Emirates Innovation Journey 23-25 March and Cercle International on 23 March
During the last days of the World Expo, X-PM organised an Innovation Journey in Dubai for international business clients wishing to better understand the role of the Emirates in a rapidly developing region.
The programme included a first day of immersion with the presence of the Dubai authorities, with a round table of the Cercle International on regional investments, and a visit to the campus of a university; two other days were devoted to business meetings and the visit of the exhibition.
Here are some of the lessons learned:
The Emirates at the heart of a rapidly developing region
If Singapore plays the role of a hub in South-East Asia, bringing together the regional headquarters of multinationals whose operations are spread across the various countries that surround it, the Emirates play the same role at the heart of a region that stretches from the Indian subcontinent to South Africa, including Turkey, Iran, Israel, the Gulf States, Saudi Arabia and Egypt. The human and commercial potential of the area is set to attract more investment as economies decouple and some trade relations between the West and the East are questioned.
In his speech to the Cercle International, Anthony Hobeika, president of the strategy consulting firm Mena Research, emphasised the new opportunities in renewable energy, water, health, education, logistics, digital and e-commerce.
Dubai a global hub
In this region, Dubai is the hub, served by its world-leading transport and logistics companies Emirates and DP World, as well as ubiquitous marketing of the city. Investment is encouraged by the political stability, financial system, ease of setting up and running a business, security, standard of living and quality of life as well as low taxes that attract young and top talent. For example, Bynance, a global crypto-currency trader, has just announced the establishment of its headquarters here.
Of the 10 million inhabitants of the Emirates, nearly 90% are foreigners from all over the world, including some 28% of Indians, who can be found in the commercial and financial functions of most companies.
In fact, it is as if the Emiratis, who own the country, are calling on the best concepts and talents in the world to implement their most advanced ambitions and ideas, drawing on the best that each country and each company has to offer. The Emirate of Dubai, which has no oil resources, must constantly reinvent itself to remain at the forefront of modernity. The authorities have a 50-year plan - 2071 will be the centenary of the Emirates creation-, regularly amended, covering the economy, energy and the environment and making extensive use of the digital technologies of blockchain and artificial intelligence. Companies from all over the world are welcome to propose their best concepts and solutions in this framework.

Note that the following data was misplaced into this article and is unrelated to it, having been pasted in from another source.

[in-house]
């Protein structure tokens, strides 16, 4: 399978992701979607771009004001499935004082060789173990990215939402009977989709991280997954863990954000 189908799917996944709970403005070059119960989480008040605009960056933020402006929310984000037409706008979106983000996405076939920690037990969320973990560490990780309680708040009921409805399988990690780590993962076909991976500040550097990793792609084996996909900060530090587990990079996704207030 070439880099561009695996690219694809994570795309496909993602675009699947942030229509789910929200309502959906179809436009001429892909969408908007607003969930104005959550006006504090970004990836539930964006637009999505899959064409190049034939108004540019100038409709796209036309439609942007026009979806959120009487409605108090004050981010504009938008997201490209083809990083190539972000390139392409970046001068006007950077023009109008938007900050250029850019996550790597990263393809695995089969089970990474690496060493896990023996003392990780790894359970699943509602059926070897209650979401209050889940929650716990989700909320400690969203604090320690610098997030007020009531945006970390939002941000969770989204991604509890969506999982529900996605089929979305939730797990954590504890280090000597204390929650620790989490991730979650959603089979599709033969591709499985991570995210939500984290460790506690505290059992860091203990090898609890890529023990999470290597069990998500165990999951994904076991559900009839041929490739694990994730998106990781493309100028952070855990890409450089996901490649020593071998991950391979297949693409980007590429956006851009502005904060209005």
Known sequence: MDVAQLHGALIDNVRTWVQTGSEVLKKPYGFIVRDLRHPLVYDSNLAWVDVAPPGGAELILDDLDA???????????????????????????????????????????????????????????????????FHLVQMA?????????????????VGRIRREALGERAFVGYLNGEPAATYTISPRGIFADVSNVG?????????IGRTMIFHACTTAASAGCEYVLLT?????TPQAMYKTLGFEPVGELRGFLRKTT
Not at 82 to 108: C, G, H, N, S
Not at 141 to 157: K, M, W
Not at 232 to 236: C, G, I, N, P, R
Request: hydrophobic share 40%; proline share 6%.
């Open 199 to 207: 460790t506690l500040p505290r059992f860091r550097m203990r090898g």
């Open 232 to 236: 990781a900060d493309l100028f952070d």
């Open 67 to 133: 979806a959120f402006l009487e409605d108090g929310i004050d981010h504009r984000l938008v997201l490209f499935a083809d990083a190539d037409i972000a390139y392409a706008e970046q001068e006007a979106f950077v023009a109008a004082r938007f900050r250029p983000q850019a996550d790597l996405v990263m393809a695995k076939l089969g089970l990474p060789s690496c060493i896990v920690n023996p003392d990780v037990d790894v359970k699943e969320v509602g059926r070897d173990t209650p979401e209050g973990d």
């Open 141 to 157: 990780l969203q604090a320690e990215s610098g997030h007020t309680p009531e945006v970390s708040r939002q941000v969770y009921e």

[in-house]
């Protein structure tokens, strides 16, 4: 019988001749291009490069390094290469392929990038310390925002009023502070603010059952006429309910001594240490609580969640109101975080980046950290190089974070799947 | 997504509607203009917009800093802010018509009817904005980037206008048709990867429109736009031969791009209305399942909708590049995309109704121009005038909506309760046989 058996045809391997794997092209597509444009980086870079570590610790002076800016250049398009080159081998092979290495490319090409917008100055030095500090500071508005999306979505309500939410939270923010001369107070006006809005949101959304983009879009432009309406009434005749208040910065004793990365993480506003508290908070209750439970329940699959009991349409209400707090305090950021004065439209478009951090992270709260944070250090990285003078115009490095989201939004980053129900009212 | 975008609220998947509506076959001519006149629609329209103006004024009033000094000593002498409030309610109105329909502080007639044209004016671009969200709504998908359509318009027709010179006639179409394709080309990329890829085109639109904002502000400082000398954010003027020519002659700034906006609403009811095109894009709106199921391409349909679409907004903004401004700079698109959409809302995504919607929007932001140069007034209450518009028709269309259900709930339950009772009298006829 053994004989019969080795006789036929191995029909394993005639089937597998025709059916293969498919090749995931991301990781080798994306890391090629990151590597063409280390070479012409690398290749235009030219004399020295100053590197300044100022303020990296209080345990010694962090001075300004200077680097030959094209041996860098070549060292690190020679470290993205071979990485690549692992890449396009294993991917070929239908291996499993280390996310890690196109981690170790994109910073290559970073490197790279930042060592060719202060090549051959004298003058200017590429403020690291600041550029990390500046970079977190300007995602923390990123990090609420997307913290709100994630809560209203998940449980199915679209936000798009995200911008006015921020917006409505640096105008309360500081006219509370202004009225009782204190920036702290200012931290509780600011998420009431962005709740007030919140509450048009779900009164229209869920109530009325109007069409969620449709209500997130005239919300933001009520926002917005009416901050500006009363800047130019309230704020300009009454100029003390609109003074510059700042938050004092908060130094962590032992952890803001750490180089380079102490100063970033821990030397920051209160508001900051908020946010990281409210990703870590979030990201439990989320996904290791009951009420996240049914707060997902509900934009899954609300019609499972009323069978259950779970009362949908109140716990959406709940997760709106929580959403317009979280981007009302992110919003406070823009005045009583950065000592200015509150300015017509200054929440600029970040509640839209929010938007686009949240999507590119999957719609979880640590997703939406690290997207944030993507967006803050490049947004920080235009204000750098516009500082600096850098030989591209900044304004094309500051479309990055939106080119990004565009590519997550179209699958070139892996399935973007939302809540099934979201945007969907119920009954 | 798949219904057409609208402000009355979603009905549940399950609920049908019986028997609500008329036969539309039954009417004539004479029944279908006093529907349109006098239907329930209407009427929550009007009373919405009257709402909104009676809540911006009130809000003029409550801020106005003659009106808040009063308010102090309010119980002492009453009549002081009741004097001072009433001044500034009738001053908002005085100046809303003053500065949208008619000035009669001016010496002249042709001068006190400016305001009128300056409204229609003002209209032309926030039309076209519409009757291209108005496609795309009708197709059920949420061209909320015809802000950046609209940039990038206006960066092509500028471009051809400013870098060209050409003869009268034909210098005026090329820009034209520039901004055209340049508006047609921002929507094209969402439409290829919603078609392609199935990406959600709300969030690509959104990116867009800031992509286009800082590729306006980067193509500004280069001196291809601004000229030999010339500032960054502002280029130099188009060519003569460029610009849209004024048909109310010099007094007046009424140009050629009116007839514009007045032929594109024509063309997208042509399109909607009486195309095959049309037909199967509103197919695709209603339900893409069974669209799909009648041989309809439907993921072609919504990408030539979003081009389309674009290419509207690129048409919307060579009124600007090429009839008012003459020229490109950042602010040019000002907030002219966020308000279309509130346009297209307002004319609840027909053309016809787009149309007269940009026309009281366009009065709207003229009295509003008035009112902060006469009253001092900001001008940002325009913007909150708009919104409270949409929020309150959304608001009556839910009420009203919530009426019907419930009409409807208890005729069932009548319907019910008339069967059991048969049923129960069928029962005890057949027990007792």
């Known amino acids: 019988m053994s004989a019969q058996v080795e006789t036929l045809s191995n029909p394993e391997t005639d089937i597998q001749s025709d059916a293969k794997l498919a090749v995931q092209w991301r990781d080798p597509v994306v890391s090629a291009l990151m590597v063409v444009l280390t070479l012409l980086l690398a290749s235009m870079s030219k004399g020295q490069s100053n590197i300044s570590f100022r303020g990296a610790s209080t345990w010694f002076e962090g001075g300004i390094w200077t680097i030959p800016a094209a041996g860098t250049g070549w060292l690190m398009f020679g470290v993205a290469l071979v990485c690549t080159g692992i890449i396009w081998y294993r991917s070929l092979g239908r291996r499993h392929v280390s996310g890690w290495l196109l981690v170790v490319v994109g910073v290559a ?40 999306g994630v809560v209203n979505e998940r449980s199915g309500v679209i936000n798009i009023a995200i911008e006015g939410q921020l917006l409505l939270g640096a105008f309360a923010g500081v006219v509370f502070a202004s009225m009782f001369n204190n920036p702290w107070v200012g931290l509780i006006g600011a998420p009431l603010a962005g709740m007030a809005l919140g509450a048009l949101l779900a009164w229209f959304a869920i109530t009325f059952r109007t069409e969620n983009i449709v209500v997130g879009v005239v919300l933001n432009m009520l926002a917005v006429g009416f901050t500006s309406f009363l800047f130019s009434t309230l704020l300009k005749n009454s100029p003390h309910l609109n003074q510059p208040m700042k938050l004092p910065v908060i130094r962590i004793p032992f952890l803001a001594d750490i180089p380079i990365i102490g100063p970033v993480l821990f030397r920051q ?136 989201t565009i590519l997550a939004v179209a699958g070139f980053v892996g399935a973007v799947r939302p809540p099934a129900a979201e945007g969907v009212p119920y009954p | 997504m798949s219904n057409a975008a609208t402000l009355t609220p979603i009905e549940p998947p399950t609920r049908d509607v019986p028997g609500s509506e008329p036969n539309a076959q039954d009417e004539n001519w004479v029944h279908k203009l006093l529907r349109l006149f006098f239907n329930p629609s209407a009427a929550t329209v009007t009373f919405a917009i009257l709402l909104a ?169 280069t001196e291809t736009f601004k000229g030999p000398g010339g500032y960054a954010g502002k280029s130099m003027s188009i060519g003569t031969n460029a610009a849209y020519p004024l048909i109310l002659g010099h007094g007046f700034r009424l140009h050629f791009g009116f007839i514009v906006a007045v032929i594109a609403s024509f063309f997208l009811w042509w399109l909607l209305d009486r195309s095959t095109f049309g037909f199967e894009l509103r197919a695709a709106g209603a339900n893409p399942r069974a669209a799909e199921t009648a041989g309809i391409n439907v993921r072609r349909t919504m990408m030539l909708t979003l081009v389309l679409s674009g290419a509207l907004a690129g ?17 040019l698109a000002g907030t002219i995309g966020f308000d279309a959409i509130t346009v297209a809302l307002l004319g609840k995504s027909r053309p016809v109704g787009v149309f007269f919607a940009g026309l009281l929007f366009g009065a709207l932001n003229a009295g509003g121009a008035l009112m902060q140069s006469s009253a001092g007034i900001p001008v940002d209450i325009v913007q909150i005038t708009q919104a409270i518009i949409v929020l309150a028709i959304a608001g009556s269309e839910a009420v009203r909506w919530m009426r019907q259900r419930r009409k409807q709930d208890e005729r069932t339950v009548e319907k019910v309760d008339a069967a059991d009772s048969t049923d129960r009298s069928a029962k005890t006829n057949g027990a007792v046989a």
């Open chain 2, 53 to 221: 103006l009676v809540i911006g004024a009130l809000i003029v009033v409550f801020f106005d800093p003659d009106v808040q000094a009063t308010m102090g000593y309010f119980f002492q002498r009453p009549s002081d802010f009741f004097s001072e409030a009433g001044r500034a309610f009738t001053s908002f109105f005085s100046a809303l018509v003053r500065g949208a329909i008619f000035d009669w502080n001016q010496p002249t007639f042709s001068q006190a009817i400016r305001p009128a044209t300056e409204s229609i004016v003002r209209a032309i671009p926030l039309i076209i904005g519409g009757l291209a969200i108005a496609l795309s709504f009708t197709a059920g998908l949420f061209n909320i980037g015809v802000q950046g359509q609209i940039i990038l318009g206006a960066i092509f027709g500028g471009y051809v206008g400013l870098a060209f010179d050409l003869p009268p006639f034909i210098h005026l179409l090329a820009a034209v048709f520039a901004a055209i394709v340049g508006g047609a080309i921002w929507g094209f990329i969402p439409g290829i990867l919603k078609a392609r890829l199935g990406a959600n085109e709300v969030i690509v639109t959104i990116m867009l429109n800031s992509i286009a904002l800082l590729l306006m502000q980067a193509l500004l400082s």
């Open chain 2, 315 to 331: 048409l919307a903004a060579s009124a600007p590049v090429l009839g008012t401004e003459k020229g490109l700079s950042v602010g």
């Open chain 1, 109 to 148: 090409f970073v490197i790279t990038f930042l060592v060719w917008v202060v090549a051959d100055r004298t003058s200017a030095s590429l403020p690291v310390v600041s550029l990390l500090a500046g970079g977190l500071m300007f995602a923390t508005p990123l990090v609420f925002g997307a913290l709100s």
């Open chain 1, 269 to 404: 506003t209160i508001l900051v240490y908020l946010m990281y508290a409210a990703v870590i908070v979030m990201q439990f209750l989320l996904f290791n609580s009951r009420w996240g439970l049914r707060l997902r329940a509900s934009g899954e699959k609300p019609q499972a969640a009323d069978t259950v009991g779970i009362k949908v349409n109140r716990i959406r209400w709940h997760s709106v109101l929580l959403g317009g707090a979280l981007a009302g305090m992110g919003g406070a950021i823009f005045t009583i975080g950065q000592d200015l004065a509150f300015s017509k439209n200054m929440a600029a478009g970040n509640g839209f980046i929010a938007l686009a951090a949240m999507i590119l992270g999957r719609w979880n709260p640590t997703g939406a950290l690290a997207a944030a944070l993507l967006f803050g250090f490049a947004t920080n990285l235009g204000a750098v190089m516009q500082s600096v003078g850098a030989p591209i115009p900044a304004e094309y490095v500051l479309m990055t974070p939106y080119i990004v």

And if we accept that disruptive innovation is first and foremost the application or integration of new concepts, then it is in the Emirates that the ambition, the responsiveness, the funding, the space, the lack of history, the connection with creators, which further accelerate this innovation, reside today. This will soon be demonstrated by drone taxis and "Smart Cities". And it is no coincidence that multinationals are setting up their research centres here.
Happiness in the Emirates…
For visitors in a hurry, Dubai may seem extravagant, excessive and uneducated, but this is not the opinion of those who live and work there. Whatever their nationality, they consider themselves better treated than in their home country. And all nationalities collaborate in the success of the Emirati model without the rivalries between the leaders of their respective countries having any impact on their behaviour.
In 2016, the Emirates set up a Minister of Happiness. Various indicators measure happiness and programmes are launched to increase it. In fact, the Emirates is the happiest country in the Middle East. Perhaps because it is not possible to cheat with the rules, as facial recognition, big data and artificial intelligence help, any breach is immediately detected and sanctioned. Maybe because these rules are ultimately good and make life easier. Perhaps also because the leaders show every day that they are making them evolve in the direction of greater tolerance and happiness for everyone. This is demonstrated by the evolution of laws concerning marriage or inheritance or the convergence of the Muslim and Western calendars decided at the beginning of the year and implemented in companies in less than a month.
As for the Dubai World Expo, is it not also the expression of a happy future to which the 200 national pavilions are contributing? Can we extend this vision and suggested collaboration between peoples beyond what the Emirates are teaching us? The future will tell.
Cercle International X-PM